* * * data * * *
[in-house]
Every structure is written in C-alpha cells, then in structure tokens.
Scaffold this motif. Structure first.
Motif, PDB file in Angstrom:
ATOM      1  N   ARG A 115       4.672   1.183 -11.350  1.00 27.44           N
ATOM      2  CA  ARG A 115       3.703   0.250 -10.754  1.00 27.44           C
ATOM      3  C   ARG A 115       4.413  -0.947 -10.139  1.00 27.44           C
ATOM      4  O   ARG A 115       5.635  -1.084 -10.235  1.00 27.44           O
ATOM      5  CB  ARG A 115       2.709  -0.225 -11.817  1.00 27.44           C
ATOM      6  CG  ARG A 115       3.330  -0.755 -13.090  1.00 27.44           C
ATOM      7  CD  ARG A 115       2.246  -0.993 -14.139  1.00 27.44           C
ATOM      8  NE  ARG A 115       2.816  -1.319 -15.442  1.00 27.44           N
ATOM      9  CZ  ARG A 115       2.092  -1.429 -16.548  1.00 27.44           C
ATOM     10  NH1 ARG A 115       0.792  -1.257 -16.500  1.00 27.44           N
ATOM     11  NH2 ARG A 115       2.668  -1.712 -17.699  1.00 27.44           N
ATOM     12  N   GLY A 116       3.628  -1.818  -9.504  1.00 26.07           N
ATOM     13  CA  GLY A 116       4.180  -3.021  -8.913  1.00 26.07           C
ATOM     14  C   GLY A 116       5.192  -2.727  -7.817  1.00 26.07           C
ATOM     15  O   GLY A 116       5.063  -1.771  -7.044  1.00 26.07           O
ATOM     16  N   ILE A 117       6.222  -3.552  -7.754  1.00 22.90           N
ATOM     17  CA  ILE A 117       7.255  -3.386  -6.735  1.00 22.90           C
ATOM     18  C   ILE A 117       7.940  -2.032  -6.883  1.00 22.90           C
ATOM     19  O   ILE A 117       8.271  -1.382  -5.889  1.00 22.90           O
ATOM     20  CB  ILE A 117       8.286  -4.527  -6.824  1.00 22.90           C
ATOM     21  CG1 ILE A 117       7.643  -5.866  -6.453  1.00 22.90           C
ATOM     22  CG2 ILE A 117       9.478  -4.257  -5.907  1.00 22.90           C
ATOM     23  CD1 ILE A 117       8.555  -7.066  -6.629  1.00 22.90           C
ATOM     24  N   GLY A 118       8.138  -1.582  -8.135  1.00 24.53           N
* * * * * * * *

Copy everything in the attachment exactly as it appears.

[in-house]
Every structure is written in C-alpha cells, then in structure tokens.
Scaffold this motif. Structure first.
Motif, PDB file in Angstrom:
ATOM      1  N   ARG A 115       4.672   1.183 -11.350  1.00 27.44           N
ATOM      2  CA  ARG A 115       3.703   0.250 -10.754  1.00 27.44           C
ATOM      3  C   ARG A 115       4.413  -0.947 -10.139  1.00 27.44           C
ATOM      4  O   ARG A 115       5.635  -1.084 -10.235  1.00 27.44           O
ATOM      5  CB  ARG A 115       2.709  -0.225 -11.817  1.00 27.44           C
ATOM      6  CG  ARG A 115       3.330  -0.755 -13.090  1.00 27.44           C
ATOM      7  CD  ARG A 115       2.246  -0.993 -14.139  1.00 27.44           C
ATOM      8  NE  ARG A 115       2.816  -1.319 -15.442  1.00 27.44           N
ATOM      9  CZ  ARG A 115       2.092  -1.429 -16.548  1.00 27.44           C
ATOM     10  NH1 ARG A 115       0.792  -1.257 -16.500  1.00 27.44           N
ATOM     11  NH2 ARG A 115       2.668  -1.712 -17.699  1.00 27.44           N
ATOM     12  N   GLY A 116       3.628  -1.818  -9.504  1.00 26.07           N
ATOM     13  CA  GLY A 116       4.180  -3.021  -8.913  1.00 26.07           C
ATOM     14  C   GLY A 116       5.192  -2.727  -7.817  1.00 26.07           C
ATOM     15  O   GLY A 116       5.063  -1.771  -7.044  1.00 26.07           O
ATOM     16  N   ILE A 117       6.222  -3.552  -7.754  1.00 22.90           N
ATOM     17  CA  ILE A 117       7.255  -3.386  -6.735  1.00 22.90           C
ATOM     18  C   ILE A 117       7.940  -2.032  -6.883  1.00 22.90           C
ATOM     19  O   ILE A 117       8.271  -1.382  -5.889  1.00 22.90           O
ATOM     20  CB  ILE A 117       8.286  -4.527  -6.824  1.00 22.90           C
ATOM     21  CG1 ILE A 117       7.643  -5.866  -6.453  1.00 22.90           C
ATOM     22  CG2 ILE A 117       9.478  -4.257  -5.907  1.00 22.90           C
ATOM     23  CD1 ILE A 117       8.555  -7.066  -6.629  1.00 22.90           C
ATOM     24  N   GLY A 118       8.138  -1.582  -8.135  1.00 24.53           N